By Aaron Blake - 03/21/07 06:44 PM EDT
McInnis’s putative exit was not confirmed by press time, but state Republicans didn’t seem surprised that he would make such an announcement and seemed ready for Schaffer to carry the party banner.
Schaffer’s name has been bandied about since Sen. Wayne Allard (R-Colo.) announced in January that he would not run for a third term in 2008. McInnis was the first in, but that didn’t quell speculation that Schaffer and, more recently, state Attorney General John Suthers would join the race.
Recently, McInnis’s rhetoric about the race has shifted from inevitability to uncertainty. In January he said there was “no question” he would run. But after he formed an exploratory committee a month ago, a McInnis spokeswoman told the Denver Post this week that he’s “exploring whether to get in or out.”
The Post reported today that McInnis has declined all interviews for weeks. He could not be reached for this story.
Meanwhile, Colorado Republicans see Schaffer taking the steps necessary to make his candidacy a reality.
“Bob is going through the same process Scott did,” Allard Chief of Staff Sean Conway said. “He came to Washington recently. He met with the senatorial campaign committee. He met with Sen. Allard and other senators” and has spoken with Sen. John Ensign (R-Nev.), the chairman of the National Republican Senatorial Committee (NRSC).
Schaffer would not confirm any meetings with the NRSC or say whether McInnis’s exit would make him more likely to enter the race.
“As to my involvement, it’s premature for me to suggest any direction at the moment,” Schaffer said. “I’m still interested, I’m still talking to lots of folks, still getting lots of encouragement. I’ll decide when it’s the right time to decide.”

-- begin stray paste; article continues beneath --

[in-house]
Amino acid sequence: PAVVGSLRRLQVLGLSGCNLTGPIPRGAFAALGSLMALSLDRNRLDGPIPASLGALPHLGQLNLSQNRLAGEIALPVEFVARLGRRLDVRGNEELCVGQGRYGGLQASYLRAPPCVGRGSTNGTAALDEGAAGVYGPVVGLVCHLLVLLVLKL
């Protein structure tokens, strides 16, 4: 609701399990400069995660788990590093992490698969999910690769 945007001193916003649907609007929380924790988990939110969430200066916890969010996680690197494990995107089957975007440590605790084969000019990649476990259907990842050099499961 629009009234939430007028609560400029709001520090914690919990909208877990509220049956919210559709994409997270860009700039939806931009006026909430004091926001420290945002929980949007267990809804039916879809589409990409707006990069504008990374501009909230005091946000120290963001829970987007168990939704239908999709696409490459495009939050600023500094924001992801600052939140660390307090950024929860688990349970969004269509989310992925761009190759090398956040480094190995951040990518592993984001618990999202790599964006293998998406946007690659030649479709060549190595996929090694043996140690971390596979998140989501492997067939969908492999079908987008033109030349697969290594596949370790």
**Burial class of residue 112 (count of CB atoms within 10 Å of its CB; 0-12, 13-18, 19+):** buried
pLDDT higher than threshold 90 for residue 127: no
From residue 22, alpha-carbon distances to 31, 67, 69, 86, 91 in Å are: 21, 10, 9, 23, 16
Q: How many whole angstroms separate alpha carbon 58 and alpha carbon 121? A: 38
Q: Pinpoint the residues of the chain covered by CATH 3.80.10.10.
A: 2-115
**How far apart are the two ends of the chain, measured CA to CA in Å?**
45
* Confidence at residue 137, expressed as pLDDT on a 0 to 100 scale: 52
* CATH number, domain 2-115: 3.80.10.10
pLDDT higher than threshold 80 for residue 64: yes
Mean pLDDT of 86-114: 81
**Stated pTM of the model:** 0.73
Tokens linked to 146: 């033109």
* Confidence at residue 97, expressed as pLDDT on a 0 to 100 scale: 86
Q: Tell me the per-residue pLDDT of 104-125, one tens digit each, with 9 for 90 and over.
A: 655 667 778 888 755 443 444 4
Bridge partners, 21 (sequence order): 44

Former Sen. Bill Armstrong, a Colorado GOP giant who signaled in recent days that he would support Schaffer, said McInnis’s exit would open the door to Schaffer’s best chance at the Senate.
Armstrong’s support is paramount in the state.
“My expectation is that Bob Schaffer will be the nominee and should be the nominee and would have the greatest chance as a Republican to win,” Armstrong said. “This is Bob’s turn; it’s his time.”
After honoring a term-limit pledge in 2002, Schaffer ran in the 2004 Senate primary, losing to beer baron Pete Coors. Coors went on to lose 51–47 to now-Sen. Ken Salazar (D).
McInnis’s broken term-limit pledge and job as a lobbyist have raised questions about his candidacy in GOP circles. Armstrong, for one, is a stickler for term-limit pledges.
Newly instated Colorado Republican Party Chairman Dick Wadhams, whose wife was Schaffer’s chief of staff in the House, echoed Armstrong’s sentiments to a lesser extent.
“Bob Schaffer’s kept his options open; I think he would take a careful look at it,” Wadhams said. “I don’t know how soon we would hear from Bob. … He would certainly be the next person that a lot of people would look to.”
Wadhams has indicated he would stay neutral in his new role despite his personal connections to Schaffer. Schaffer early this month declined to say whether Wadhams’s new role in the state party increased his likelihood of joining the Senate race.
Democrats appear set in the race with Rep. Mark Udall, who said in 2005 that he would run for the seat regardless of Allard’s plans.
Other Republicans mentioned include Secretary of State Mike Coffman, talk show host Dan Caplis, Air Force Maj. Gen. Bentley Rayburn and Suthers.
Suthers said this week that he has been wooed by state and national Republicans. Wadhams said he thinks “John is just keeping his options open at this point.” Conway said Suthers hasn’t been making the rounds on the Lincoln Day Dinner circuit.
A McInnis exit would not change things for former Gov. Bill Owens, who is seen by many as the strongest candidate Republicans could field. Spokeswoman Shelley Schafer said Owens, who is overseas, “will not be a candidate in 2008.”
Said Conway: “We’re going to be looking at candidates popping up through this fall.”